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Wednesday, February 2, 2011

Lunar New Year Fair @ Victoria Park

Lunar New Year Fair, or pre-New Year Fair, usually run for a seven-day period that ends on New Year Eve in the Lunar calendar (i.e. today, for 2011). Entrepreneurs set up stores that offer food, goods and Chinese New Year plants. It is a Chinese tradition to attend these New Year Fair as a family, to purchase little gifts for the children, plants for home or just to browse and have fun.

Chinese God of Fortune at the Lunar New Year Fair at Victoria Park, Hong Kong

There are usually around 12 to 15 Lunar New Year Fair scattered across Hong Kong each year. The Lunar New Year Fair at Victoria Park at Causeway Bay has always been the largest and the center of attention.


These temporary fairs are usually set up on public owned concrete football or basketball courts. Entrepreneurs are required to bid for their desired locations several months prior to the fair. There is usually a mix of experienced shop owners, as well as small groups of High School or University students who are eager to develop their entrepreneurial skills. They would work in teams, acquire or design unique products (e.g. plastic decors or soft toys etc) that are related to the Chinese Zodiac of the coming year.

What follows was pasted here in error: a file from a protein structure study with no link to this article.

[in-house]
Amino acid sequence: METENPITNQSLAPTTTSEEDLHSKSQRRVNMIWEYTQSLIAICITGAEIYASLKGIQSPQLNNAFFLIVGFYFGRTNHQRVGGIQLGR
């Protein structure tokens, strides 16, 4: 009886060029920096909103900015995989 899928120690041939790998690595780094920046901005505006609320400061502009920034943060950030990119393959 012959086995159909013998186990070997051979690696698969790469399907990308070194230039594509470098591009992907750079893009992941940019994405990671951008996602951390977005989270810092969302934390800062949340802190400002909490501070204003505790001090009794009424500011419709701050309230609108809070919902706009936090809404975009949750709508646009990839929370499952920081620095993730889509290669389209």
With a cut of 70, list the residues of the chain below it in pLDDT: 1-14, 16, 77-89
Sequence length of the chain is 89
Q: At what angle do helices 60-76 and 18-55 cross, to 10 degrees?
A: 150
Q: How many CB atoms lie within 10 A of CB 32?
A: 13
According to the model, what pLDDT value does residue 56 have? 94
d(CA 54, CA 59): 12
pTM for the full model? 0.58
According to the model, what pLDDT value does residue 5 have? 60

Plants at the Lunar New Year Fair

Plants at the Lunar New Year Fair

This year is the Year of the Hare, or the Year of the Rabbit. It is not a surprise an overwhelming number "rabbit" products for sale. Amongst those are Angry Bird toys and the Facebook "Like" thumb soft toy.

One of the two food stores at the Lunar New Year Fair

Posters of "good fortune"

The rent of the two food stores at the fair would usually raise a few eye brows. The final bid would usually be over $400,000 HK for the 7 day period. This year, the controversy went to a store set up just for promoting an up coming R18 pornographic movie in 3D. Apart from having giant posters, the store offers blow-up toys and mouse pad in the shape of breasts. It has certain created noise and added colour to the fair, especically in this pseudo-traditional Chinese society.

Lunar New Year Fair at Victoria Park